Please use this identifier to cite or link to this item:
Scopus Web of Science® Altmetric
Full metadata record
DC FieldValueLanguage
dc.contributor.authorDrapac, V.-
dc.identifier.citationJournal of War and Culture Studies, 2014; 7(3):283-296-
dc.description.abstractThis article discusses the devotion of French prisoners of war and requisitioned workers to St Thérèse of Lisieux (1873–1897) in the period 1940– 1945. Soon after her death Thérèse, who was canonized in 1925, attracted millions of devotees internationally. The material under review reveals that the example of Thérèse was both inspirational and consoling. Individuals and groups constructed a spiritual world, emotionally, through the connections they made and maintained with Catholics in the camps and at home, and physically, through the altars and chapels they erected, the letters they wrote and received, and the images and reading materials that were sent to them. The usual dichotomies applied to histories of the period, notably the resistance/collaboration binary, do not provide an adequate framework for interpreting non-combatant responses to the crisis of defeat and captivity. The example of devotion to Thérèse demonstrates that for those who regularly practised their faith, or were moved to do so for the period of their ‘exile’, religious belief and observance offered a viable and ethical alternative to the masculine ideal of military heroism.-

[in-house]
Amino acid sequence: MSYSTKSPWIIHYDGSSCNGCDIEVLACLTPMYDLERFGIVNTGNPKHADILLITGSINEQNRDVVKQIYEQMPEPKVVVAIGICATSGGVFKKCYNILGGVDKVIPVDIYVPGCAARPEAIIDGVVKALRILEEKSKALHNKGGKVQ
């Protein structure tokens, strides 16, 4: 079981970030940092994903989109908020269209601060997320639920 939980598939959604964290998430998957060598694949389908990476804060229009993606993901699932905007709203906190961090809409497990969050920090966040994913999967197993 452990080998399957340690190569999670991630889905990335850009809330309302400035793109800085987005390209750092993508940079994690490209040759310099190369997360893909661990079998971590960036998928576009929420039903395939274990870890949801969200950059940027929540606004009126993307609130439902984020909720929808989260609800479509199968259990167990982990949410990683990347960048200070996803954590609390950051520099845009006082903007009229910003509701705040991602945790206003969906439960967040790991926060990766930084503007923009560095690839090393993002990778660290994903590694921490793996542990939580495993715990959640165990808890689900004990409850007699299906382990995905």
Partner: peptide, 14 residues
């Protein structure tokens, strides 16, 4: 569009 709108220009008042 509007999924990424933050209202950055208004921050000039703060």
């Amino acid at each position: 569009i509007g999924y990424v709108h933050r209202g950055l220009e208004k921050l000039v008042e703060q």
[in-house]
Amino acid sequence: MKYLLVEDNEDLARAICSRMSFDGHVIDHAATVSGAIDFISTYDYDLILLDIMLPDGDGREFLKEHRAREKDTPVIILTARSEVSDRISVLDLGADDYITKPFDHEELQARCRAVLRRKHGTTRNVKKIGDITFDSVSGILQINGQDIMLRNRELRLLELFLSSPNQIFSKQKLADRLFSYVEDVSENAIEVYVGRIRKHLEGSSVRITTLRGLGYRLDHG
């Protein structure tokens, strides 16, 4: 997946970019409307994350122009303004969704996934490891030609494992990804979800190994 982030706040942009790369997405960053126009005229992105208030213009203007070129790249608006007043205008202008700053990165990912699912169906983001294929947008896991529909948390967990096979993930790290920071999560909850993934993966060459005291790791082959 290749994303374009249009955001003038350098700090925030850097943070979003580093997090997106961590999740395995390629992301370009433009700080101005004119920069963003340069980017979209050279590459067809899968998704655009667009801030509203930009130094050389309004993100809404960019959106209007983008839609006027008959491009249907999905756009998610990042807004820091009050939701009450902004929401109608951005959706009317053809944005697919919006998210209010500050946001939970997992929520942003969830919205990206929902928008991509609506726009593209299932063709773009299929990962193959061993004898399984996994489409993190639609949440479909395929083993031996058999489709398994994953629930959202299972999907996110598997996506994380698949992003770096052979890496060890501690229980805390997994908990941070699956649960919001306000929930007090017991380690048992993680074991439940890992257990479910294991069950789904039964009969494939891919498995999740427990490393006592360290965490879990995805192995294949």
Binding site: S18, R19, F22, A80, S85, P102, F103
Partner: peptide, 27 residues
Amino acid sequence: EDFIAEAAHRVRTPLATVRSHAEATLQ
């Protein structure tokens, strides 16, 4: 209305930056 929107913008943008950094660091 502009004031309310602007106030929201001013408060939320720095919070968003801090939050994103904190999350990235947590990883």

dc.description.statementofresponsibilityVesna Drapac-
dc.publisherTaylor & Francis-
dc.rights© W. S. Maney & Son Ltd 2014-
dc.subjectForced labour; St Thérèse of Lisieux; Catholic Church; spiritual resistance, Catholic devotions; France, feminized Church-
dc.titleThe devotion of French prisoners of war and requisitioned workers to Thérèse of Lisieux: transcending the ‘Diocese behind Barbed Wire’-
dc.typeJournal article-
dc.identifier.orcidDrapac, V. [0000-0001-6739-724X]-
Appears in Collections:Aurora harvest 8
History publications

Files in This Item:
File Description SizeFormat 
  Restricted Access
Restricted Access342.95 kBAdobe PDFView/Open

Items in DSpace are protected by copyright, with all rights reserved, unless otherwise indicated.